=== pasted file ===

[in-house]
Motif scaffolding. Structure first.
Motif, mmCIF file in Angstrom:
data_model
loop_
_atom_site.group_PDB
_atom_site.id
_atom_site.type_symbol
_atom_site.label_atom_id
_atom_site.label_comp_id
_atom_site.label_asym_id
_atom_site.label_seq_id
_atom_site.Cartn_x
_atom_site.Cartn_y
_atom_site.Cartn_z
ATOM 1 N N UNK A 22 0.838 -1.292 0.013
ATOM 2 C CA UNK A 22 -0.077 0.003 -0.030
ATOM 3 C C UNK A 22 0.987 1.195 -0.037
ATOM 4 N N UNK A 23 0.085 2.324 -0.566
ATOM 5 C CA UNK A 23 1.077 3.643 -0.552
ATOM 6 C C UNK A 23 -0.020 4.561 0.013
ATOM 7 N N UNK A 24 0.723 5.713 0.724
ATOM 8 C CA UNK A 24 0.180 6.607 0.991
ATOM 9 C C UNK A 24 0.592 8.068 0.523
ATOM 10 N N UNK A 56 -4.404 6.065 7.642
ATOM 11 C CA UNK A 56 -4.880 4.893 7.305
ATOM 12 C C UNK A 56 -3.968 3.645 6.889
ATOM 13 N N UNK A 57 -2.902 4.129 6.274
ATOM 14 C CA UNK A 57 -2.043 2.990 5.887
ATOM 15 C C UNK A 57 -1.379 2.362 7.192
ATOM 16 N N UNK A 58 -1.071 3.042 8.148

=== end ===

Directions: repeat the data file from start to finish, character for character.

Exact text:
[in-house]
Motif scaffolding. Structure first.
Motif, mmCIF file in Angstrom:
data_model
loop_
_atom_site.group_PDB
_atom_site.id
_atom_site.type_symbol
_atom_site.label_atom_id
_atom_site.label_comp_id
_atom_site.label_asym_id
_atom_site.label_seq_id
_atom_site.Cartn_x
_atom_site.Cartn_y
_atom_site.Cartn_z
ATOM 1 N N UNK A 22 0.838 -1.292 0.013
ATOM 2 C CA UNK A 22 -0.077 0.003 -0.030
ATOM 3 C C UNK A 22 0.987 1.195 -0.037
ATOM 4 N N UNK A 23 0.085 2.324 -0.566
ATOM 5 C CA UNK A 23 1.077 3.643 -0.552
ATOM 6 C C UNK A 23 -0.020 4.561 0.013
ATOM 7 N N UNK A 24 0.723 5.713 0.724
ATOM 8 C CA UNK A 24 0.180 6.607 0.991
ATOM 9 C C UNK A 24 0.592 8.068 0.523
ATOM 10 N N UNK A 56 -4.404 6.065 7.642
ATOM 11 C CA UNK A 56 -4.880 4.893 7.305
ATOM 12 C C UNK A 56 -3.968 3.645 6.889
ATOM 13 N N UNK A 57 -2.902 4.129 6.274
ATOM 14 C CA UNK A 57 -2.043 2.990 5.887
ATOM 15 C C UNK A 57 -1.379 2.362 7.192
ATOM 16 N N UNK A 58 -1.071 3.042 8.148